My parents grew zucchini when I was a kid, and my mother magically turned it into bread. Sweet and spicy, I couldn’t imagine that it contained a vegetable. When I started cooking and baking in college, I used my fledgling Internet skills to track down zucchini bread recipes in the hopes of cinnamon-sweet replication.

Most recipes I found used about a cup of vegetable oil, 2 cups of sugar, and very little zucchini. I’m certainly not opposed to oil and sugar, but I understand now why I had trouble believing my mom’s loaves had any zucchini in them.

I started experimenting with more savory breads. I’ve baked ones with barely a tablespoon of sugar, flecked with sesame and flax seeds, and dense with whole wheat flour. I’ve made a loaf with a combination of zucchini and carrots, with raisins that all sank into a clump as it baked. I’ve considered cream cheese frosting. I’ve considered that my mom’s bread might just be the best there is.

Then I started adding lemon zest, ginger, and curry powder, based on an idea I got from Heidi Swanson. It hits all the notes for me: sweet, savory, spicy, mysterious, something that people have trouble pinning down but find intriguing. I find it addictive.

As a kid, my friends and I would eat zucchini bread for snacks after school. Even my most suspicious-of-zucchini friends were won over.

As a teenager, my August breakfasts were always similar: a hunk of zucchini bread, a handful of blueberries, and whatever awful flavored coffee I was into at the time. (I was partial to hazelnut and caramel.) I’d spend my mornings on the computer, poking around chat rooms eating every last crumb.

I am generally not a romantic person. I will usually side with progress and don’t subscribe to the idea that the “good old days” are worth returning to. I am romantic about food, however, and about food traditions. As a typical midwestern family, our food was not precious or unique. Yet, every time I pull out my mixing bowls and box grater, feel the green watery zucchini strands clinging to my fingers, smell the warmth of spice, I think of being young. I think of my childhood Augusts with autumn breathing around the corner, the start of a new schoolyear, the promise of hurtling towards some bright future. My recipe may have changed, but the feelings remain the same.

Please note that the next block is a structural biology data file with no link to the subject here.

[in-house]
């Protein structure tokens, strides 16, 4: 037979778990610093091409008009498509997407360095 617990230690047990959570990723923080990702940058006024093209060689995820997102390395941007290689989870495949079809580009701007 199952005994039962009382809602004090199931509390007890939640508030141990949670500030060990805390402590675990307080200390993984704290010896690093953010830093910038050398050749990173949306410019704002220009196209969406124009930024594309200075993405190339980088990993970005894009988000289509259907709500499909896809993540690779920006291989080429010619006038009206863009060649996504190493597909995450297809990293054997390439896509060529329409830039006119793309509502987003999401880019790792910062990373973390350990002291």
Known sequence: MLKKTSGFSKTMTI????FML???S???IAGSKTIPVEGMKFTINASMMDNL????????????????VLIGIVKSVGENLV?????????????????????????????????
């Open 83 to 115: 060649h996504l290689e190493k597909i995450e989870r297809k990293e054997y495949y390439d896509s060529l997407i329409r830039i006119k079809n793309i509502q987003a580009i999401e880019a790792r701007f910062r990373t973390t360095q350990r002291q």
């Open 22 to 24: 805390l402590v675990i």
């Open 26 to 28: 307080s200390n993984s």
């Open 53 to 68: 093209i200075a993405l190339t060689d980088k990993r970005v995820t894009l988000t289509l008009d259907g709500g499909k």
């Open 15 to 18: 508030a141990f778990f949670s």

Advertisements

2 thoughts on “Zucchini Bread

  1. I was literally just trolling the internet for zucchini bread recipes! I’d love to hear your ratios for the lemon zest, ginger, curry twist.

    On Thu, Jul 26, 2018 at 12:24 PM, Blind inFlight wrote:

    > Lauren posted: “My parents grew zucchini when I was a kid, and my mother > magically turned it into bread. Sweet and spicy, I couldn’t imagine that it > contained a vegetable. When I started cooking and baking in college, I used > my fledgling Internet skills to track down z” >

    1. For two loaves, I add about a tablespoon of curry powder, Zest of two lemons, and 2 teaspoons ginger. Or sometimes I add about 1/3 cup crystallized ginger. šŸ™‚

Leave a Reply

Fill in your details below or click an icon to log in:

WordPress.com Logo

You are commenting using your WordPress.com account. Log Out /  Change )

Google+ photo

You are commenting using your Google+ account. Log Out /  Change )

Twitter picture

You are commenting using your Twitter account. Log Out /  Change )

Facebook photo

You are commenting using your Facebook account. Log Out /  Change )

Connecting to %s